The tragedy might not be that we do not have enough shamans in our society, but rather a lack of skilled visionaries who
This was important information I was disseminating, linking what my students were painting to the greatest art of the last 3,000 years of Western civilization. And it just gets cut?! Excuse me?!
The TaiHang Series consists of paintings inspired by a trip I took with a classmate in 1995-96 to the Tai Hang mountains
F. Scott Hess, Anchises Lost, 2009, oil on canvas, 25 × 35 inches. In the last ten years we've seen an incredible change
To lose a dear friend leaves a hole in the life of each who loved him. Losing the well of wisdom that is a great mind leaves gaps in the fabric of civilization, one of the great tragedies of human mortality.
There is one artistic voice that stands out above the rest as pivotal to the national conversation around race, identity and social justice. That is the voice of John Jennings, visual artist pioneer and author.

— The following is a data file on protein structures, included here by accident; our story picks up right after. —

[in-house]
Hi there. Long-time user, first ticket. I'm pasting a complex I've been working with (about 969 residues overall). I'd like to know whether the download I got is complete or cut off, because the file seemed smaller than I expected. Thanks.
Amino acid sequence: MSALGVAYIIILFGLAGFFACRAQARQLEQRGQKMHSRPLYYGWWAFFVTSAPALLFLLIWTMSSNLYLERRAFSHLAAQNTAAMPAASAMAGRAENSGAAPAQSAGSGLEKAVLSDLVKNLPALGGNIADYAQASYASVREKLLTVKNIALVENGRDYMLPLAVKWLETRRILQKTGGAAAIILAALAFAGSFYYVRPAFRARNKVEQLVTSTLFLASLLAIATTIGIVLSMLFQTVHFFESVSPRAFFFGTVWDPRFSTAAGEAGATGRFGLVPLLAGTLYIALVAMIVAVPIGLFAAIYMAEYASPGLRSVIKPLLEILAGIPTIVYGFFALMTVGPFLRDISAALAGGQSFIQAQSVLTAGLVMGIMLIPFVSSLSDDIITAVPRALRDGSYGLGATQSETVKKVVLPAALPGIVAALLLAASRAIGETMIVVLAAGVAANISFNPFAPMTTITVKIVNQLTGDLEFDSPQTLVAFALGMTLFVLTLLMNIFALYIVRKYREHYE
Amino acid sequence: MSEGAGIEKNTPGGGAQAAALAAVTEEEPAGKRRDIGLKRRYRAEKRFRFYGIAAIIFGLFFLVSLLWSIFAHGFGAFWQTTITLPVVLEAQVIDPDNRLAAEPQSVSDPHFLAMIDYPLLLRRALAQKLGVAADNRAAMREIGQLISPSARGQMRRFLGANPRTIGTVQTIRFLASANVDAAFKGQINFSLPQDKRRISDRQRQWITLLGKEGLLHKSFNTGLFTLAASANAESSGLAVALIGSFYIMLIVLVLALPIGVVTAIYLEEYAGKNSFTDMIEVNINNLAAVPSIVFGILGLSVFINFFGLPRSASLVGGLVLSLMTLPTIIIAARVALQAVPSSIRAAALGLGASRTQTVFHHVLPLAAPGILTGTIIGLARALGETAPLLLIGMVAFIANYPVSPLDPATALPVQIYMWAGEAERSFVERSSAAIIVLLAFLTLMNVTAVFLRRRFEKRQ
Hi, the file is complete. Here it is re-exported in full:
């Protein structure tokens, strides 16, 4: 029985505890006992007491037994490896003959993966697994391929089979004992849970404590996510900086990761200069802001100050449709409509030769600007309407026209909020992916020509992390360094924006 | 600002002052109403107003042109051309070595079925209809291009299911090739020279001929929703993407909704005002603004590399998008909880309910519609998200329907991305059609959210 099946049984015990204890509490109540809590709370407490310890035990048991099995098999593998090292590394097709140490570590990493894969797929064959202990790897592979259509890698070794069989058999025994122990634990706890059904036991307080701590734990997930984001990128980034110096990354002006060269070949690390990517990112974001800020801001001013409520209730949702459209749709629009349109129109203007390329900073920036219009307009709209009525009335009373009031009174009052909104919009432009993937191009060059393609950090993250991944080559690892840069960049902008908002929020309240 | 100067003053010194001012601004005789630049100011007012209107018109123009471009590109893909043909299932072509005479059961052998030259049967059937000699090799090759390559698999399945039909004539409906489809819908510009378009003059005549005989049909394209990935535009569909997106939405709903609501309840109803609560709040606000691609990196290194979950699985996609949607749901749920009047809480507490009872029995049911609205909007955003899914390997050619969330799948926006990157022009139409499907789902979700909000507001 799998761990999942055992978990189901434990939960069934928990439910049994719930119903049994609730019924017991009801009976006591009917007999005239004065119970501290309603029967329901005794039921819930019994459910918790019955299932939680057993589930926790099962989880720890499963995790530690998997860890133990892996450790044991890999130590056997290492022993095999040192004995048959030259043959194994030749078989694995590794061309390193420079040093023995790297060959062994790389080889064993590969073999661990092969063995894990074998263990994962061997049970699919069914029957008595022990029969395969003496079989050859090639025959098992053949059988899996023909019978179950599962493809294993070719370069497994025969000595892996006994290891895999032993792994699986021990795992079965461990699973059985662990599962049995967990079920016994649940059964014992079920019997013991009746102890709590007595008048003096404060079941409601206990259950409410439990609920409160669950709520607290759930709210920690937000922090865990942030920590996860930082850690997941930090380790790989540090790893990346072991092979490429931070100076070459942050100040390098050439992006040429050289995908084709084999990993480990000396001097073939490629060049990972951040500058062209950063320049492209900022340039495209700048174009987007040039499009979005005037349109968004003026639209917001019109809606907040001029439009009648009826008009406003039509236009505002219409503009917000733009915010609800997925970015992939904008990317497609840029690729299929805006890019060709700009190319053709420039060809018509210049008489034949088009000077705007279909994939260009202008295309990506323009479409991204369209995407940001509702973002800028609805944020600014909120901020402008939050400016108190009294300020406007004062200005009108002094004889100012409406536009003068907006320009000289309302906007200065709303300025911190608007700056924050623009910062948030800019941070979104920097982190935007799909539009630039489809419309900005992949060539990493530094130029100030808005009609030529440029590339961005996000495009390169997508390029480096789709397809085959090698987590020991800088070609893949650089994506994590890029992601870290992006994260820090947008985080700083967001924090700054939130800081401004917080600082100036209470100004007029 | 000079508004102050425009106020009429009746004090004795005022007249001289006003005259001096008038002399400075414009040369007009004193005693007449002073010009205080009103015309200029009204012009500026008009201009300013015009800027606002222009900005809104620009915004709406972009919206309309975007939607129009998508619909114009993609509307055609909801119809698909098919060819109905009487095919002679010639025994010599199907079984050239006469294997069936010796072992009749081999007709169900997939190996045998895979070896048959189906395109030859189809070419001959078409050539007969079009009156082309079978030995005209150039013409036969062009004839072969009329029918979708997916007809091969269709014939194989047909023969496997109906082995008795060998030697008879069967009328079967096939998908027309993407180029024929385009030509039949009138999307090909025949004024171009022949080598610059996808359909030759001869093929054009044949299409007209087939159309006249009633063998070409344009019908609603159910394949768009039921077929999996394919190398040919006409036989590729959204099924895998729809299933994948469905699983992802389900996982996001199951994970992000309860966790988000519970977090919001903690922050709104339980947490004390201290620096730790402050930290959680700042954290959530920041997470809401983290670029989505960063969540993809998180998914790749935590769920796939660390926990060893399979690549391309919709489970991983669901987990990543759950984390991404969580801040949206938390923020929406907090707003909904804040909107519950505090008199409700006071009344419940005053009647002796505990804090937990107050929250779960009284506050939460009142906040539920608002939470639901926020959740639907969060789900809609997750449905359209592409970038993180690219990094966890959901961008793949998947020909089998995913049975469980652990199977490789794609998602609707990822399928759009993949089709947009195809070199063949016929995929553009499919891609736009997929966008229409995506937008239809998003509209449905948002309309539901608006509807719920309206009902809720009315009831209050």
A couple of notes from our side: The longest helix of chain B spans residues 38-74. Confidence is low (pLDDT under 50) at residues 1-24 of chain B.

After decades -- some might say well over a century -- of standing aside while Duchamp joked and Pollock flung paint, figurative art is about to step into the spotlight and become the "next big thing."
It is unusual to see people crying over artwork these days. Most contemporary art seems to purposefully distance itself from emotion, relegating human sentiment to some basement realm far from the light of intellectual discourse.
In Part One of this interview with the founder of neuroesthetics, Semir Zeki, he spoke about beauty from a neurological perspective. Here he defends his field after some recent academic and media criticisms.